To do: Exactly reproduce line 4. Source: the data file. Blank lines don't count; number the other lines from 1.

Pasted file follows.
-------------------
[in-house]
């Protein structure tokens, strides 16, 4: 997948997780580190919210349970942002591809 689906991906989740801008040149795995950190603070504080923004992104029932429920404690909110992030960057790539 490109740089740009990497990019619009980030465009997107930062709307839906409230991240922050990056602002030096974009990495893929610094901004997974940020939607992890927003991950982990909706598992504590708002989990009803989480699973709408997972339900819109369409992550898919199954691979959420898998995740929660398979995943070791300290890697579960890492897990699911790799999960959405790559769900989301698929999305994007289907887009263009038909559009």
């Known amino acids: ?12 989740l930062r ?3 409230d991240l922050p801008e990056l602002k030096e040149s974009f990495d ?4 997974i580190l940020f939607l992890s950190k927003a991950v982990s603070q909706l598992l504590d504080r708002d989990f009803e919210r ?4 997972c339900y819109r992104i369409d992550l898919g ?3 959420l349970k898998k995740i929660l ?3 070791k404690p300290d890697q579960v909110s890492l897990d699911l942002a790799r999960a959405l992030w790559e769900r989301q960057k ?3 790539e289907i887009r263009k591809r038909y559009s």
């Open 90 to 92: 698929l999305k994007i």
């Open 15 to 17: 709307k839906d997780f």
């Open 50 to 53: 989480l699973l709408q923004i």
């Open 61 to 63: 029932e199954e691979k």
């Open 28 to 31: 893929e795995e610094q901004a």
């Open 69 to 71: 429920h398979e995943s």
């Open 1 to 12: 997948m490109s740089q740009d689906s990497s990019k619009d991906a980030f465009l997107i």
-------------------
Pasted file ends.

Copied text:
């Open 90 to 92: 698929l999305k994007i």